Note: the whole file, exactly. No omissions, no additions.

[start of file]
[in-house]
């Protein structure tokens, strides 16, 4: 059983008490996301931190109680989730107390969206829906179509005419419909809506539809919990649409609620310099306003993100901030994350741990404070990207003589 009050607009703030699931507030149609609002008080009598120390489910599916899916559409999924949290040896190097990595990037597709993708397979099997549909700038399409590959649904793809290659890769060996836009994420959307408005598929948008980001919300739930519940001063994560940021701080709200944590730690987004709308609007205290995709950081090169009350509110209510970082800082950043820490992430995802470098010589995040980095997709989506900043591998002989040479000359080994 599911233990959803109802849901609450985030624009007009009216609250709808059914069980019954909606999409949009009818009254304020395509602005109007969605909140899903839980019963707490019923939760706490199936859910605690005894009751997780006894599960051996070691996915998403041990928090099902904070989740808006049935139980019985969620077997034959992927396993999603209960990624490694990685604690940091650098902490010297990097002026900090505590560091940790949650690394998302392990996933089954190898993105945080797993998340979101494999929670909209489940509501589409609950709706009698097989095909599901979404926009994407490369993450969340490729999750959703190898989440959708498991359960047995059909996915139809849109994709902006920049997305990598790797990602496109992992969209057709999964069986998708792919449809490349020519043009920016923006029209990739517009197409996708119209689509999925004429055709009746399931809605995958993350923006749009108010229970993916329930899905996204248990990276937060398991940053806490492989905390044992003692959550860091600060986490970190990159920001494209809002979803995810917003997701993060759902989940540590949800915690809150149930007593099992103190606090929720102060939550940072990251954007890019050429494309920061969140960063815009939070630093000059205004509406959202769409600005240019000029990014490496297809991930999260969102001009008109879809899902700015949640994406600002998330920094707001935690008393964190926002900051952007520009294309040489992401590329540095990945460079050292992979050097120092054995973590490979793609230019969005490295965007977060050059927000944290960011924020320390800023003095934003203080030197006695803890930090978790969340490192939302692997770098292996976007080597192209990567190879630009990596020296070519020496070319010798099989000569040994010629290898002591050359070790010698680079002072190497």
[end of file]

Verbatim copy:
[in-house]
């Protein structure tokens, strides 16, 4: 059983008490996301931190109680989730107390969206829906179509005419419909809506539809919990649409609620310099306003993100901030994350741990404070990207003589 009050607009703030699931507030149609609002008080009598120390489910599916899916559409999924949290040896190097990595990037597709993708397979099997549909700038399409590959649904793809290659890769060996836009994420959307408005598929948008980001919300739930519940001063994560940021701080709200944590730690987004709308609007205290995709950081090169009350509110209510970082800082950043820490992430995802470098010589995040980095997709989506900043591998002989040479000359080994 599911233990959803109802849901609450985030624009007009009216609250709808059914069980019954909606999409949009009818009254304020395509602005109007969605909140899903839980019963707490019923939760706490199936859910605690005894009751997780006894599960051996070691996915998403041990928090099902904070989740808006049935139980019985969620077997034959992927396993999603209960990624490694990685604690940091650098902490010297990097002026900090505590560091940790949650690394998302392990996933089954190898993105945080797993998340979101494999929670909209489940509501589409609950709706009698097989095909599901979404926009994407490369993450969340490729999750959703190898989440959708498991359960047995059909996915139809849109994709902006920049997305990598790797990602496109992992969209057709999964069986998708792919449809490349020519043009920016923006029209990739517009197409996708119209689509999925004429055709009746399931809605995958993350923006749009108010229970993916329930899905996204248990990276937060398991940053806490492989905390044992003692959550860091600060986490970190990159920001494209809002979803995810917003997701993060759902989940540590949800915690809150149930007593099992103190606090929720102060939550940072990251954007890019050429494309920061969140960063815009939070630093000059205004509406959202769409600005240019000029990014490496297809991930999260969102001009008109879809899902700015949640994406600002998330920094707001935690008393964190926002900051952007520009294309040489992401590329540095990945460079050292992979050097120092054995973590490979793609230019969005490295965007977060050059927000944290960011924020320390800023003095934003203080030197006695803890930090978790969340490192939302692997770098292996976007080597192209990567190879630009990596020296070519020496070319010798099989000569040994010629290898002591050359070790010698680079002072190497």